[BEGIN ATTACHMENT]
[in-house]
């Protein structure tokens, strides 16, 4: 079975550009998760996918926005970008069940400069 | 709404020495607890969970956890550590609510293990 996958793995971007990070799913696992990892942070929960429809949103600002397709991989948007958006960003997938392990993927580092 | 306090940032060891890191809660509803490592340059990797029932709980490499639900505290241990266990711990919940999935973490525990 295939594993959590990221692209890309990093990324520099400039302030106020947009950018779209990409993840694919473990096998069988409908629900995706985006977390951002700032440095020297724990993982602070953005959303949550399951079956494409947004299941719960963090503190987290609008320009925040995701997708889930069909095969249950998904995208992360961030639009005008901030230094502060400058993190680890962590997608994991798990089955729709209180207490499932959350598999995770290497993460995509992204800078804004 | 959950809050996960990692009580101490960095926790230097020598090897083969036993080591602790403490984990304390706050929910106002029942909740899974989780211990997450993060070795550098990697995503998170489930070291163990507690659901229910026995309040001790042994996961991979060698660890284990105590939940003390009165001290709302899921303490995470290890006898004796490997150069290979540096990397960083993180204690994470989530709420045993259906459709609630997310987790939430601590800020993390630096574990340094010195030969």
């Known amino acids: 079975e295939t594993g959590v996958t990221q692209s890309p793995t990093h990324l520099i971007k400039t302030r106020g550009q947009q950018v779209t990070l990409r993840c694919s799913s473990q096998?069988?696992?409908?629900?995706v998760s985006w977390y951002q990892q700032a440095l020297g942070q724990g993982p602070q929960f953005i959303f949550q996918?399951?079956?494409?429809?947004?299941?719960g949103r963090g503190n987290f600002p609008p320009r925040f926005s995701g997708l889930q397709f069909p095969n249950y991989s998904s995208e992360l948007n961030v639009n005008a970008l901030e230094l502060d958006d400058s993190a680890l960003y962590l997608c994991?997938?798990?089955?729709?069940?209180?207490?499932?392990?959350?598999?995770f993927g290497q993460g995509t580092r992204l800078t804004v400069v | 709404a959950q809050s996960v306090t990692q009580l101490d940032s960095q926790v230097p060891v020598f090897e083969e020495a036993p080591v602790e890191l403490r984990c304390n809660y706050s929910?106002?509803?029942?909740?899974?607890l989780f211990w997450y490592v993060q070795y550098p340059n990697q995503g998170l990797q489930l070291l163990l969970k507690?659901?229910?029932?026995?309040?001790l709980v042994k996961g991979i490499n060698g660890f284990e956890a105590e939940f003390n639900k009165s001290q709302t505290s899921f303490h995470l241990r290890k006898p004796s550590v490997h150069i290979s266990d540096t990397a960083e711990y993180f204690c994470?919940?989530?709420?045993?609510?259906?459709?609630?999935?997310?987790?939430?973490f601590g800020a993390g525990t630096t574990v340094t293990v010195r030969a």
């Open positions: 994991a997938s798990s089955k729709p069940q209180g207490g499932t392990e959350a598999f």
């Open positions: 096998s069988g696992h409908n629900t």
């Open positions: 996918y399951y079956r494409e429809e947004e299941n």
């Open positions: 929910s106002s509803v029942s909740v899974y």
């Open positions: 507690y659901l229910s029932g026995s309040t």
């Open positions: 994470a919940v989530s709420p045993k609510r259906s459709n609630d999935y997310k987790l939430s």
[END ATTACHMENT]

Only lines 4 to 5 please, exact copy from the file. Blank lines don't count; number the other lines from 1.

């Open positions: 994991a997938s798990s089955k729709p069940q209180g207490g499932t392990e959350a598999f």
């Open positions: 096998s069988g696992h409908n629900t």